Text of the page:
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Book Excerpt


Helen De Cruz: Wonderstruck: How Wonder and Awe Shape the Way We Think

Helen De Cruz: Wonderstruck: How Wonder and Awe Shape the Way We Think

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The following is an excerpt is from the book Wonderstruck: How Wonder and Awe Shape the Way We Think, published by Princeton University Press and reprinted here with permission.

Don’t miss our CTT Chat with author Helen De Cruz here.

Culture in Service of Human Needs

From Chapter 1

Like other emotions, awe and wonder are part of our cultural environment. While they do have an evolutionary basis, they are culturally scaffolded. For this reason, it will be useful to briefly lay out here my overall picture of human culture and its relationship to our nature as biological and cultural creatures.

Art, philosophy, and religion lay serious claims to being true human universals. We find them in societies with widely diverging technologies, social organization, and means of subsistence. If humans across times and cultures have found these pursuits worthwhile, we should ask why this is so. The scarcity narrative that surrounds us tells us that there is no more money to make art, philosophy, and other fine culture accessible to everyone. Yet, humans who were and are much worse off, in material terms, than industrialized Westerners still spend significant time and energy on these pursuits.

The philosopher Daniel Dennett was struck by these profligacies of human culture, specifically religion, with its feasts and festivals, temples, dances, the deep reflection on sacred texts, and seemingly arbitrary constraints on what to eat and what to wear. He insists, and I agree, that this apparent “wastefulness” requires an explanation. If we observed the apparent excesses of human culture in any other species, we would try to account for their existence in biological terms. Indeed, in evolutionary biology we can see explanations for why, for example, flowers have vivid colors, bird song is elaborate, and why peacocks have lush, cumbersome tails with bold eye-spots that glisten green and purple. Dennett has an evolutionary explanation for religion: he likens our brains to those of hapless ants infested with the lancet fluke parasite. Just as the parasite commandeers the ant to climb up a blade of grass to increase its chance of ending up in a ruminant’s stomach (and hence complete the parasite’s reproductive cycle), religious ideas infest our brains, replicating themselves at our expense.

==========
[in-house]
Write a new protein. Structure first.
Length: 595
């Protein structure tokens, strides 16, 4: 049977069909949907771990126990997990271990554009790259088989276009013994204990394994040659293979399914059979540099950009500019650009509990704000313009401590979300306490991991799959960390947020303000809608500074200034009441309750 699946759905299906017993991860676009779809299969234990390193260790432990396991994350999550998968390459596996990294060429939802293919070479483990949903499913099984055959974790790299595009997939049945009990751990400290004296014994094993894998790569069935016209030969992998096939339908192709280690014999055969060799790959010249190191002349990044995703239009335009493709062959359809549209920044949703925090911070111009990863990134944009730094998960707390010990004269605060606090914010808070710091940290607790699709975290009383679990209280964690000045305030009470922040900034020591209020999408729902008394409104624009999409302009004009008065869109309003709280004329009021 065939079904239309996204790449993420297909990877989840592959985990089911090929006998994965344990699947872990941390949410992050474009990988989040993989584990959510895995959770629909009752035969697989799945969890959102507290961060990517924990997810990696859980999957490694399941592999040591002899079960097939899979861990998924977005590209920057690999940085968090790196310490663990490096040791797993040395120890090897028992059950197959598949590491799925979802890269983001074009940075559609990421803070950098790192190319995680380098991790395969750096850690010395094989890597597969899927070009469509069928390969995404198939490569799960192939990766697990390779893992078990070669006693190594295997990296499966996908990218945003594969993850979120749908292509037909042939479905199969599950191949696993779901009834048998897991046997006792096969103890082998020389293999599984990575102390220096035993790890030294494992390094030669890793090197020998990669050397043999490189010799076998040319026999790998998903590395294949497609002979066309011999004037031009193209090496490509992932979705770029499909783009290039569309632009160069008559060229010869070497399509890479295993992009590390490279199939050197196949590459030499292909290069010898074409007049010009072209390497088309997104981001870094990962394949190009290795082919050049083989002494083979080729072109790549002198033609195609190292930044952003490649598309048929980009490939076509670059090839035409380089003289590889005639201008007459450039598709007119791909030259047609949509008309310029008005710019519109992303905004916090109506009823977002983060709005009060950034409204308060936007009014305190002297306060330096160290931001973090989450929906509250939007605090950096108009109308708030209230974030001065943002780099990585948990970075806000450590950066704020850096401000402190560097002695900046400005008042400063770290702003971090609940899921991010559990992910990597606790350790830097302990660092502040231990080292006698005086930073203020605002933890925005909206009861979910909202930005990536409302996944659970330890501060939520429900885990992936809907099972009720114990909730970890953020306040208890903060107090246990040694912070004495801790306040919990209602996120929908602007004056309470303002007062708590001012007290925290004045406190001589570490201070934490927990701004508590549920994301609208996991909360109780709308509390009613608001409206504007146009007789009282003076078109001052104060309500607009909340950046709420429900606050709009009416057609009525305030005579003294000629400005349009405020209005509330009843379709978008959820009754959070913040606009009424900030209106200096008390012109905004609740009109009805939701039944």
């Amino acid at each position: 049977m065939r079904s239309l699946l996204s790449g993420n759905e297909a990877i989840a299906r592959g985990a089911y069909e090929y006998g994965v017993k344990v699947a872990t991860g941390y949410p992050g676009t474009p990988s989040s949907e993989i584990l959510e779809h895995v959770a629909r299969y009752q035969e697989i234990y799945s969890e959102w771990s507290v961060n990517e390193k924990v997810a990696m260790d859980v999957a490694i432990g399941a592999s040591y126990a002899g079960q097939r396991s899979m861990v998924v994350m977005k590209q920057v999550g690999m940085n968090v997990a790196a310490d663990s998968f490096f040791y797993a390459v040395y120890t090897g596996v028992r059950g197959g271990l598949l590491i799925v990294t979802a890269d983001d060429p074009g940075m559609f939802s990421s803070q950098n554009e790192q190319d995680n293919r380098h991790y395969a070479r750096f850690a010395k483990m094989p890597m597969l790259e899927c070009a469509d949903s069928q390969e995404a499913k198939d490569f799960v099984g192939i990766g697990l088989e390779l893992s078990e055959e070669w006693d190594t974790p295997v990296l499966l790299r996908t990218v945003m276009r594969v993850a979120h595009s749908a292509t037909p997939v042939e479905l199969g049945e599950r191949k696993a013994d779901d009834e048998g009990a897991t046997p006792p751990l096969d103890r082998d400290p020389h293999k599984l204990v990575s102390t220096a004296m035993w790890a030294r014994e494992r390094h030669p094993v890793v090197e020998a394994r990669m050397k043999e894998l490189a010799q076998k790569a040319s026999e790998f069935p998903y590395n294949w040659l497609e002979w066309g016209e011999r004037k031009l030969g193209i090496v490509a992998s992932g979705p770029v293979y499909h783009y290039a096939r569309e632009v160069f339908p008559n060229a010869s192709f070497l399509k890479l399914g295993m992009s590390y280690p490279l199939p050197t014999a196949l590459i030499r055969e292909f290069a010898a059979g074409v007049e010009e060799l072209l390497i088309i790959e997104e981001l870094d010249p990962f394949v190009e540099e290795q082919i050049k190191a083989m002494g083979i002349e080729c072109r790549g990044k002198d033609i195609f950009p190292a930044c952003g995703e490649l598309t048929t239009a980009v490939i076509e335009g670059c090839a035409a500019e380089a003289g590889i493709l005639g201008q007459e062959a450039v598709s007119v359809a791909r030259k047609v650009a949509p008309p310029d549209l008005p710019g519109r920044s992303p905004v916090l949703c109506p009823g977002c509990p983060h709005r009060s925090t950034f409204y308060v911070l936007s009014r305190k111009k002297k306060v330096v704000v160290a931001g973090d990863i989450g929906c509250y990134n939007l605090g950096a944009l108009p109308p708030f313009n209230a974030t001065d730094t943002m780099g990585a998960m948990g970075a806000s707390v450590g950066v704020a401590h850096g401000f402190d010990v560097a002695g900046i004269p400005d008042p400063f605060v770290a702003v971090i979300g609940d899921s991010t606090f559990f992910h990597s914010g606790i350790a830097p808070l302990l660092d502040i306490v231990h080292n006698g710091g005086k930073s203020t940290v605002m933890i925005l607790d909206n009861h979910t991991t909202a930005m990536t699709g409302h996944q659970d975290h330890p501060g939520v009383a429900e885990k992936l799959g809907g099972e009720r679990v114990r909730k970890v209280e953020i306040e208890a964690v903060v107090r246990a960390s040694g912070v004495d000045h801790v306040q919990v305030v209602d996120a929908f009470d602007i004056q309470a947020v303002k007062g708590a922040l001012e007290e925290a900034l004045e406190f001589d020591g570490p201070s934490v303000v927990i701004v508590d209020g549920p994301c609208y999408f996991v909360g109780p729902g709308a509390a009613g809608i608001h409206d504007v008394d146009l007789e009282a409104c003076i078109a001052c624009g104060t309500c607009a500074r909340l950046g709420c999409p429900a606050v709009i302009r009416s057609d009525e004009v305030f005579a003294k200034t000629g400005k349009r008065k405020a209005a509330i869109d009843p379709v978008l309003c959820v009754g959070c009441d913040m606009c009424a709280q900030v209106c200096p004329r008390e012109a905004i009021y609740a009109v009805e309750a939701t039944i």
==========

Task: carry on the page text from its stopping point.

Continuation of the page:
While I agree with Dennett that religions and other higher pursuits are remarkable and require an explanation, I disagree that we can explain them as self-interested cultural phenomena. As anthropologist Dan Sperber notes, you cannot explain culture with culture. Rather, my guiding assumption is that culture serves human needs and interests generated by body and mind. The products of our cultures are fitted to respond to these needs and interests, in ways that nurture and sustain us. For example, we live in artifacts (such as houses) that we build to protect us from the elements. This is not to say that human culture always comes up with optimal solutions. It also allows for the possibility of maladaptive cultural practices, or for culture to be used to manipulate, exploit, or deceive others, such as in the case of slavery as an institution in many cultures. Nevertheless, any approach to human culture should put the biological organisms that came up with it, and that live and breathe it, at its center.

Watch our interview with De Cruz about her new book on our YouTube channel.